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guay tiyaw (ก๋วยเตี๋ยว)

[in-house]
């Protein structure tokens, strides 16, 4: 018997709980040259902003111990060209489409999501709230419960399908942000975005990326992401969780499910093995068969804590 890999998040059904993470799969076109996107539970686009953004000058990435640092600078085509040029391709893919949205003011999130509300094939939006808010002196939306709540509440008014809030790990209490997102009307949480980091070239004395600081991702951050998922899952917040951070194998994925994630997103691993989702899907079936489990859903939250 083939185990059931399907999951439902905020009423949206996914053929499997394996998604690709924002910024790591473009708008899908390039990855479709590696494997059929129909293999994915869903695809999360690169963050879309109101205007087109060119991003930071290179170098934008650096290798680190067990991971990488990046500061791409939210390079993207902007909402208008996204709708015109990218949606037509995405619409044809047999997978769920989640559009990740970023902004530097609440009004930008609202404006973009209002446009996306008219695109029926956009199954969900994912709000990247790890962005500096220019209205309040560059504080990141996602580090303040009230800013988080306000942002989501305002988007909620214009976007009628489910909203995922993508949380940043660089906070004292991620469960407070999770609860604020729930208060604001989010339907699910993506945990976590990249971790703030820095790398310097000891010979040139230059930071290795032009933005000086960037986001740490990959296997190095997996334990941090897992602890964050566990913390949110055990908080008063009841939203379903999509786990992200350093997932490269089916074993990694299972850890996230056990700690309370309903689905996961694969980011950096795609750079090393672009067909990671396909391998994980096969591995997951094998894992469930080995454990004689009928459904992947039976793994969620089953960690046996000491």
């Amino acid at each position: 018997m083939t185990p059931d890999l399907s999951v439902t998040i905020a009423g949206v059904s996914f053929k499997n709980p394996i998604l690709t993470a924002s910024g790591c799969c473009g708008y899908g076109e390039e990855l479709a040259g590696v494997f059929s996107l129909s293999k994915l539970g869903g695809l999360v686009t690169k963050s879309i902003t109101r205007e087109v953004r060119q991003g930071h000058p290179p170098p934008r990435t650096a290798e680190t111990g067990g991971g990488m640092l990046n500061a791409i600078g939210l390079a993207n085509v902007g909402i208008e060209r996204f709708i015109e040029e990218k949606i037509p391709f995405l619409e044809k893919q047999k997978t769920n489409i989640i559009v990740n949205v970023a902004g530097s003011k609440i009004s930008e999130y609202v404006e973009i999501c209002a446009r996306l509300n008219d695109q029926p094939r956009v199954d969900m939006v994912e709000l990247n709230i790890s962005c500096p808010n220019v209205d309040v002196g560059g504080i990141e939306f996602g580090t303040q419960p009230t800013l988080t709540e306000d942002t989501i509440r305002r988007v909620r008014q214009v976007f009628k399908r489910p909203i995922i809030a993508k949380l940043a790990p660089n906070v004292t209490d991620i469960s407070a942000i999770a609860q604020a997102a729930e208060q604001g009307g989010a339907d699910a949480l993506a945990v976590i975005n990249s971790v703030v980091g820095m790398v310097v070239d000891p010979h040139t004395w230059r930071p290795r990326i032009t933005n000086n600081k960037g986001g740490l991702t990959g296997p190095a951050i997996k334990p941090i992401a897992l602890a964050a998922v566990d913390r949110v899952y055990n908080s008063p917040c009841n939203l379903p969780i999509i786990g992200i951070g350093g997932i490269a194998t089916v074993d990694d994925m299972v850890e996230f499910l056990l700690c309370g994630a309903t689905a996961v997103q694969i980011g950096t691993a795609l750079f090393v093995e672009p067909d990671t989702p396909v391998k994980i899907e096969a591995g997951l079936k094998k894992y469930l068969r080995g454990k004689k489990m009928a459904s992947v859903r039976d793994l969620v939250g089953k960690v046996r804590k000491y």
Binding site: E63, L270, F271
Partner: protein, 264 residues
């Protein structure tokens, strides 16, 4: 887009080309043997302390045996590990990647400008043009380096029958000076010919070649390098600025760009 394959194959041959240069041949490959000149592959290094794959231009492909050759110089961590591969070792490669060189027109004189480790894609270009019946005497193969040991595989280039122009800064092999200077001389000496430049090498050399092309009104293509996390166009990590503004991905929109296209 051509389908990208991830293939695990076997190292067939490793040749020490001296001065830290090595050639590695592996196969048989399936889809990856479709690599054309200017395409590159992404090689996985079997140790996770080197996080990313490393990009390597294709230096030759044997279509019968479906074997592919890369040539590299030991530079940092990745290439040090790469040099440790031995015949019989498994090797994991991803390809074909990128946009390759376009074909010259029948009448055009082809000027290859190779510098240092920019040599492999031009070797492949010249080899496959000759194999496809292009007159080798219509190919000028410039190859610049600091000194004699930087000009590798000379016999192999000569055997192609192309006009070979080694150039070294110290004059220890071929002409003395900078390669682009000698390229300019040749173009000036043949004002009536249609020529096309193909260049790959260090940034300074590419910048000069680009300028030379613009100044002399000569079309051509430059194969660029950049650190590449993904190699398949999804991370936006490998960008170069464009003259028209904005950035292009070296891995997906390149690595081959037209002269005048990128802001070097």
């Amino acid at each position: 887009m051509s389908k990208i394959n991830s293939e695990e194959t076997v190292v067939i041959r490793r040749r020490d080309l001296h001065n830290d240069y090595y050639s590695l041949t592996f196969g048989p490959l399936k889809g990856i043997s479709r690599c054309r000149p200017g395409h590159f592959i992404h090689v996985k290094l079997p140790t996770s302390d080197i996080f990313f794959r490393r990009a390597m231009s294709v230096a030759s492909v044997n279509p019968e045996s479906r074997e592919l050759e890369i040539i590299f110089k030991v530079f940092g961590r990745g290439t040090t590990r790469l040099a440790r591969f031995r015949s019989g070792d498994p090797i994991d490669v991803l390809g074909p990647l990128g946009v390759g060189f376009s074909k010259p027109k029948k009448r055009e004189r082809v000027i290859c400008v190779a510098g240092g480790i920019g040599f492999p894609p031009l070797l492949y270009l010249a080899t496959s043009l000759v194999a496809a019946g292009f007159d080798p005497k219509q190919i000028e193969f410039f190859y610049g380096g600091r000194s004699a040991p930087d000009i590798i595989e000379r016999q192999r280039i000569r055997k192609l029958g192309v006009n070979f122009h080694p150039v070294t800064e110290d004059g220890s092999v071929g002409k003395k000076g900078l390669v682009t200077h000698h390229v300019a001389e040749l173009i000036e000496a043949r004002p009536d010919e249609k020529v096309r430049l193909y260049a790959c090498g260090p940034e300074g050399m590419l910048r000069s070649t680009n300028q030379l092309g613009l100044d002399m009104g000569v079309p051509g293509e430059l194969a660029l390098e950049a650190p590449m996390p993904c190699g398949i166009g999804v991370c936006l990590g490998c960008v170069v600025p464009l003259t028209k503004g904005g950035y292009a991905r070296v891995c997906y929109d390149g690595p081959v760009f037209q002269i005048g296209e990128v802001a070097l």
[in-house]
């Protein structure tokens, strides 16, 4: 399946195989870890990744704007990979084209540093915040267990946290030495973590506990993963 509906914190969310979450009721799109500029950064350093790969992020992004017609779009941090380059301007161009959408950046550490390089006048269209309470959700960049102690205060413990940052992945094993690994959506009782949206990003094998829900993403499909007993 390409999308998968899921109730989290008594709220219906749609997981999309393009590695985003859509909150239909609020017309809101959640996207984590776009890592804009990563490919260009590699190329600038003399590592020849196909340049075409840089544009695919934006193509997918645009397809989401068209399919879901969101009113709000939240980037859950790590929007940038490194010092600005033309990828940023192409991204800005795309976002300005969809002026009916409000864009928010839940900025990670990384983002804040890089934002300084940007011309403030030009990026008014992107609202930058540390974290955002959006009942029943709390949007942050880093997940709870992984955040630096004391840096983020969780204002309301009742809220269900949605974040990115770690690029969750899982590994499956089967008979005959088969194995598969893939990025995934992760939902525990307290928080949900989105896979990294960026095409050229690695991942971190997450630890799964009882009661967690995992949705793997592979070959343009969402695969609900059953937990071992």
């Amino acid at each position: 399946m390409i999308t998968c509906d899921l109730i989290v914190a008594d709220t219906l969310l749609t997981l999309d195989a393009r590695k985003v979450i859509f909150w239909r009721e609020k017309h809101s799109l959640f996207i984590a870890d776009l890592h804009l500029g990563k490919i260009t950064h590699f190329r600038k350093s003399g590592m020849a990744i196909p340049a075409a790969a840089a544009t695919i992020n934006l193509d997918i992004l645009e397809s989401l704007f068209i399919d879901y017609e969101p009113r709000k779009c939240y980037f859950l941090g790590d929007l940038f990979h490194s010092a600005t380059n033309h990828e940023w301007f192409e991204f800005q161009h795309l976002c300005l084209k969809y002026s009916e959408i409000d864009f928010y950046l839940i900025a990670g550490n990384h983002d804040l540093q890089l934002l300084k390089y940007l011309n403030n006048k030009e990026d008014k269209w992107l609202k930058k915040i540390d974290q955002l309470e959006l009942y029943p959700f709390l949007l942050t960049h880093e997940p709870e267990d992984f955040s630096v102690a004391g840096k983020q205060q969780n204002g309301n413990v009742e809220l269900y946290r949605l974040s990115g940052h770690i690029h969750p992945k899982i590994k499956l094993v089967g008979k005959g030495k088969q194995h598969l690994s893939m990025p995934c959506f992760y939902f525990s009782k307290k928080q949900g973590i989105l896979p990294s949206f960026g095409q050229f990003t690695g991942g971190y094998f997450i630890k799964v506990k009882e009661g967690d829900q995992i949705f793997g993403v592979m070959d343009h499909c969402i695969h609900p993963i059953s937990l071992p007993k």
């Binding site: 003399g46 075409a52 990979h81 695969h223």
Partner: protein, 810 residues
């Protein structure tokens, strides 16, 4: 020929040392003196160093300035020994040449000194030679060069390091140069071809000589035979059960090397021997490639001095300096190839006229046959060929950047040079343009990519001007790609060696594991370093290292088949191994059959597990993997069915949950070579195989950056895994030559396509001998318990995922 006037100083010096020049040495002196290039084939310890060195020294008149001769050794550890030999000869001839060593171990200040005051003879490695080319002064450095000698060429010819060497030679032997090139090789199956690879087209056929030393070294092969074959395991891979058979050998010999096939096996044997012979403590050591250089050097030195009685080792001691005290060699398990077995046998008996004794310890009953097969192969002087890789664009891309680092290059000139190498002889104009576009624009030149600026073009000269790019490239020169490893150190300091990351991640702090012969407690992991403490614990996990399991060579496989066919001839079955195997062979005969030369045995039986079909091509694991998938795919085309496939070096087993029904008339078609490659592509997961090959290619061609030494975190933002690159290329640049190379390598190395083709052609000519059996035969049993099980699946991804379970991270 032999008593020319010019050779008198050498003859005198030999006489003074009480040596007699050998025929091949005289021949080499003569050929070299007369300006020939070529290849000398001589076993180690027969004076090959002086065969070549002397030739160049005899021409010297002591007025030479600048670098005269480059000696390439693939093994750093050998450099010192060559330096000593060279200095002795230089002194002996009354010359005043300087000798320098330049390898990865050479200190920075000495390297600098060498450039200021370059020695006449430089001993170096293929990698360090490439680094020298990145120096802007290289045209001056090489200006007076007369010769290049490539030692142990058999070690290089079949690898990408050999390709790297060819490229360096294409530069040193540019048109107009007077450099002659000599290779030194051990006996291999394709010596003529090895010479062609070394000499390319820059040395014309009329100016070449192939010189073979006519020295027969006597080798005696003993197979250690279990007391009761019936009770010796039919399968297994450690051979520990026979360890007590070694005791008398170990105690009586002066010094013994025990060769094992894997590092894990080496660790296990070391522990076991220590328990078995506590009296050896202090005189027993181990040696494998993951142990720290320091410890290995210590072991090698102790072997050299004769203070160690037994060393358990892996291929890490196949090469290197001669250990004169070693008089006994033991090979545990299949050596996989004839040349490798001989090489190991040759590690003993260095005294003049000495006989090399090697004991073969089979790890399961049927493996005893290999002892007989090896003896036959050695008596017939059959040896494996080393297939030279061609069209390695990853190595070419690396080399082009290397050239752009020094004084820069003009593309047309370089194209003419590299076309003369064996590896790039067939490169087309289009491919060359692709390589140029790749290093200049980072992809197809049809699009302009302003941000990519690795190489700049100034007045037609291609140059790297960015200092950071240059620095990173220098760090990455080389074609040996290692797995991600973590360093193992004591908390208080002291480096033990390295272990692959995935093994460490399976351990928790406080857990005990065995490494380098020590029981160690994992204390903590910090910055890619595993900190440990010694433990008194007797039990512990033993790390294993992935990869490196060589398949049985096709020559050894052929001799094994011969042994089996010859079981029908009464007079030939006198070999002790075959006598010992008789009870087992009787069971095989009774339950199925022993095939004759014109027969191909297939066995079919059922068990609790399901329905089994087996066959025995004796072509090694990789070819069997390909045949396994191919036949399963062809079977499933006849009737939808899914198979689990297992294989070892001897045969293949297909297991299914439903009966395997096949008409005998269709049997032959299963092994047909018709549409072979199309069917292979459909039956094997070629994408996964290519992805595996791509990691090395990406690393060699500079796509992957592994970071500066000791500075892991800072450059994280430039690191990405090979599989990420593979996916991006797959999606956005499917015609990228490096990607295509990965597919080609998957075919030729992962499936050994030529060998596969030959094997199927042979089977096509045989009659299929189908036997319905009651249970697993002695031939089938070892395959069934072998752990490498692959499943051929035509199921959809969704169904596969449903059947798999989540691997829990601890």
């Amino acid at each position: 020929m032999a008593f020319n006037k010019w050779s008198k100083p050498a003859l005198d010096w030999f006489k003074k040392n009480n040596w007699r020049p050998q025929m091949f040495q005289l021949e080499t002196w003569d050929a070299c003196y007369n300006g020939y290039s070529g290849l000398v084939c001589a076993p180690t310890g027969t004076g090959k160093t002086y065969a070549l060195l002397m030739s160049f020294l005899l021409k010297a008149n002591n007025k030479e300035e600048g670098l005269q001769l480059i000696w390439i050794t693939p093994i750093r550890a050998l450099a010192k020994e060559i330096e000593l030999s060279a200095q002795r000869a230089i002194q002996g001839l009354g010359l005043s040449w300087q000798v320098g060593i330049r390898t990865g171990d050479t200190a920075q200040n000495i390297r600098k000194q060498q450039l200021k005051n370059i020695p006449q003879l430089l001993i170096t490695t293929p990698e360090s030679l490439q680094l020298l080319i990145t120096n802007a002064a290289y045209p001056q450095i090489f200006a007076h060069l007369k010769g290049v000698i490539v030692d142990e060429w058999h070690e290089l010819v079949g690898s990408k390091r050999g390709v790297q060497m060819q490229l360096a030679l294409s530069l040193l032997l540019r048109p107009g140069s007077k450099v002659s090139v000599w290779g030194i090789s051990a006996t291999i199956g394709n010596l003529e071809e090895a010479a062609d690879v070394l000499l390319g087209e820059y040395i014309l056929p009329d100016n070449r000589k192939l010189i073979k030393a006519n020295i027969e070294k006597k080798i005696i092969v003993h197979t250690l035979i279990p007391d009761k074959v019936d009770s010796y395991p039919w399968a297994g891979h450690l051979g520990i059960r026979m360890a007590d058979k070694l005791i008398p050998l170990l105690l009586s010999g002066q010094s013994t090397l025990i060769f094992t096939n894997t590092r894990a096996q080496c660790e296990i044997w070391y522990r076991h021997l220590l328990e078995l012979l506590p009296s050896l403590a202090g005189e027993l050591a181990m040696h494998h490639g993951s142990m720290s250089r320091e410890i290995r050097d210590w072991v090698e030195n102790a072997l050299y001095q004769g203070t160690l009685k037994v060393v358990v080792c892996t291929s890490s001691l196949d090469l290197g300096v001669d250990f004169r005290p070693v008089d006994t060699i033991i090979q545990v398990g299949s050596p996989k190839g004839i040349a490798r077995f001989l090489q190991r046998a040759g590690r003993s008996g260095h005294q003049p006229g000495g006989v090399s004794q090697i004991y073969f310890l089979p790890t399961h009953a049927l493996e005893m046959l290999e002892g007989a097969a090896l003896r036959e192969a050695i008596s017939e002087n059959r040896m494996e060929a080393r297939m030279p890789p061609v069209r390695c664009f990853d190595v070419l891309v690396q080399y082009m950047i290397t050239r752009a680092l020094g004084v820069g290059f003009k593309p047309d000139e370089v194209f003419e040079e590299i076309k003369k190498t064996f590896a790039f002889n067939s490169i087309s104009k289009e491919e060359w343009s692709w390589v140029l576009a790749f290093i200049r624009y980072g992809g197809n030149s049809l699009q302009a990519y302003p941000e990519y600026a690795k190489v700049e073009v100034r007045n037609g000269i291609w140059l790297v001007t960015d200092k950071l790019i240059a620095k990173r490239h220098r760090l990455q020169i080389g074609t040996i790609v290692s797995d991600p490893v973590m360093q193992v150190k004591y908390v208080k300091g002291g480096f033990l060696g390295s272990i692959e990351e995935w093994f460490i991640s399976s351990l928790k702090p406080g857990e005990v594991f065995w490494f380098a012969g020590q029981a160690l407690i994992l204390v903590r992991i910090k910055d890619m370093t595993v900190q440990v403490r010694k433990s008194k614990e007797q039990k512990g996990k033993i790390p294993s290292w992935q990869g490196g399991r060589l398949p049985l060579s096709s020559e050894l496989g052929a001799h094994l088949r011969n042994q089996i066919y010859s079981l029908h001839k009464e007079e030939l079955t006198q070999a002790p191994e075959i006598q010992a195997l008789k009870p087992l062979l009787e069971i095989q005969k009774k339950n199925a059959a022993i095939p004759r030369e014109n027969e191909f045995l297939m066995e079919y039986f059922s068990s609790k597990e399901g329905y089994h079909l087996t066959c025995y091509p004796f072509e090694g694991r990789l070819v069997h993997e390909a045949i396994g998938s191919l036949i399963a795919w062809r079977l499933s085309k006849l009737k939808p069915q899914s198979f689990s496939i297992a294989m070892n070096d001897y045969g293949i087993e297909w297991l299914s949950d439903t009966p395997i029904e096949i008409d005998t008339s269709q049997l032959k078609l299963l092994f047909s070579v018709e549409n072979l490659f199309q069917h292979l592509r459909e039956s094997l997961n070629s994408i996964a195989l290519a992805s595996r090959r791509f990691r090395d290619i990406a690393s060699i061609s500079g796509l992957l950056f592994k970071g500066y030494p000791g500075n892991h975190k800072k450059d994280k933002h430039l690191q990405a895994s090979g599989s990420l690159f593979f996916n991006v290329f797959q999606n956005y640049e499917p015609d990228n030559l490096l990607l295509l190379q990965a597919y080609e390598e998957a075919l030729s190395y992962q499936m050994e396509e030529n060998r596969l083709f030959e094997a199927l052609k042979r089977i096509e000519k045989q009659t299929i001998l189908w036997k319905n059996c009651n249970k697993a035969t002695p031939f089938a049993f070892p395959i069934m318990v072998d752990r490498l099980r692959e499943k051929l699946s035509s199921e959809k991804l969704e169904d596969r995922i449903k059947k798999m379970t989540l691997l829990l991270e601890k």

Thai. A popular dish usually sold at roadside food stalls and consisting of noodles made of rice flour. By mixing pure rice flower with water a paste is formed which is subsequently made into wide flat sheets. These sheets are then folded, sliced into any size wanted, or stretched into long spaghetti-like strings (fig.) and dried, or boiled for immediate consumption. Guay tiyaw noodles come as part of a variety of dishes and may be served either dry (guay tiyaw haeng) or in a soup (guay tiyaw nahm - fig.). If in soup usually meat, meatballs or fishballs are added. If dry, these noodles may be stir fried in a wok and are then called guay tiyaw phad. If with the stir fried noodles fried tofu, soy bean sprouts, tiny shrimp, egg and seasonings are added, the dish is called (guay tiyaw) phad thai. In the old days, guay tiyaw noodles were sold from boats on canals and floating markets (fig.) and even today many shops will sell them as guay tiyaw reua (ก๋วยเตี๋ยวเรือ), i.e. ‘boat rice noodles’. Therefore shopkeepers often decorate their noodle shop accordingly with a small replica (fig.) or real size sampan boat. Guay tiyaw noodles are customarily eaten with chopsticks and a spoon. Spices from a separate set of cups, called kreuang prung, are added according to personal taste. Also transcribed kuay tiyaw.